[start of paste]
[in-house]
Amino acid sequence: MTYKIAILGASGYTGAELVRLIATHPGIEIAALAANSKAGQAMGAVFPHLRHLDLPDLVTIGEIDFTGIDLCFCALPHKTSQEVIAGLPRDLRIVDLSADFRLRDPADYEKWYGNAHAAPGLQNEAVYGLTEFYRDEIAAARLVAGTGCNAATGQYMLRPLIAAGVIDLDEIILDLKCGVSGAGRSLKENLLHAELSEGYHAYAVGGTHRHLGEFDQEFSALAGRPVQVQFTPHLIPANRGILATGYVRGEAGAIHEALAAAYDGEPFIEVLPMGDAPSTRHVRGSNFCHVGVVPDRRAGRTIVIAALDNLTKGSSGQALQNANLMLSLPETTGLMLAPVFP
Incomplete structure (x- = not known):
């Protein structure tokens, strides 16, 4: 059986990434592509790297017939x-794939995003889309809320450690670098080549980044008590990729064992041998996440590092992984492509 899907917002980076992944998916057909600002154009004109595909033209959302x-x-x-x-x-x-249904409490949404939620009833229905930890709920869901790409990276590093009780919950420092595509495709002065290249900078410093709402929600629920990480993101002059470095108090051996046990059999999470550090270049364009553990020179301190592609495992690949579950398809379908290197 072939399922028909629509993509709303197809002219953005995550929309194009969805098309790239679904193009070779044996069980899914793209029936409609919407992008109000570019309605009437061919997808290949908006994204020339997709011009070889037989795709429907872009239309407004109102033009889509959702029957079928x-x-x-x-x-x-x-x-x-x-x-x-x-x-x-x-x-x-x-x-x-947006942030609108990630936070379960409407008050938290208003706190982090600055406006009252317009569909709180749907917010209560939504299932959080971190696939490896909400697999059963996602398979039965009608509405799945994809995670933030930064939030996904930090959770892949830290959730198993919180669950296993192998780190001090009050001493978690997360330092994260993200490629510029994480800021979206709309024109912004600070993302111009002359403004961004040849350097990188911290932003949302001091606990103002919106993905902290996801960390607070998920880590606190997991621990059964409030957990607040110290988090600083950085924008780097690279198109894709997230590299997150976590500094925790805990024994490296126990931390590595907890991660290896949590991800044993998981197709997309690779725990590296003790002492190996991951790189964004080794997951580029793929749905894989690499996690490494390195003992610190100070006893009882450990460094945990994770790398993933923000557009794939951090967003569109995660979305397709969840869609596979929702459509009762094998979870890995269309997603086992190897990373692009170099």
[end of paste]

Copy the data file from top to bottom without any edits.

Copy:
[in-house]
Amino acid sequence: MTYKIAILGASGYTGAELVRLIATHPGIEIAALAANSKAGQAMGAVFPHLRHLDLPDLVTIGEIDFTGIDLCFCALPHKTSQEVIAGLPRDLRIVDLSADFRLRDPADYEKWYGNAHAAPGLQNEAVYGLTEFYRDEIAAARLVAGTGCNAATGQYMLRPLIAAGVIDLDEIILDLKCGVSGAGRSLKENLLHAELSEGYHAYAVGGTHRHLGEFDQEFSALAGRPVQVQFTPHLIPANRGILATGYVRGEAGAIHEALAAAYDGEPFIEVLPMGDAPSTRHVRGSNFCHVGVVPDRRAGRTIVIAALDNLTKGSSGQALQNANLMLSLPETTGLMLAPVFP
Incomplete structure (x- = not known):
């Protein structure tokens, strides 16, 4: 059986990434592509790297017939x-794939995003889309809320450690670098080549980044008590990729064992041998996440590092992984492509 899907917002980076992944998916057909600002154009004109595909033209959302x-x-x-x-x-x-249904409490949404939620009833229905930890709920869901790409990276590093009780919950420092595509495709002065290249900078410093709402929600629920990480993101002059470095108090051996046990059999999470550090270049364009553990020179301190592609495992690949579950398809379908290197 072939399922028909629509993509709303197809002219953005995550929309194009969805098309790239679904193009070779044996069980899914793209029936409609919407992008109000570019309605009437061919997808290949908006994204020339997709011009070889037989795709429907872009239309407004109102033009889509959702029957079928x-x-x-x-x-x-x-x-x-x-x-x-x-x-x-x-x-x-x-x-x-947006942030609108990630936070379960409407008050938290208003706190982090600055406006009252317009569909709180749907917010209560939504299932959080971190696939490896909400697999059963996602398979039965009608509405799945994809995670933030930064939030996904930090959770892949830290959730198993919180669950296993192998780190001090009050001493978690997360330092994260993200490629510029994480800021979206709309024109912004600070993302111009002359403004961004040849350097990188911290932003949302001091606990103002919106993905902290996801960390607070998920880590606190997991621990059964409030957990607040110290988090600083950085924008780097690279198109894709997230590299997150976590500094925790805990024994490296126990931390590595907890991660290896949590991800044993998981197709997309690779725990590296003790002492190996991951790189964004080794997951580029793929749905894989690499996690490494390195003992610190100070006893009882450990460094945990994770790398993933923000557009794939951090967003569109995660979305397709969840869609596979929702459509009762094998979870890995269309997603086992190897990373692009170099």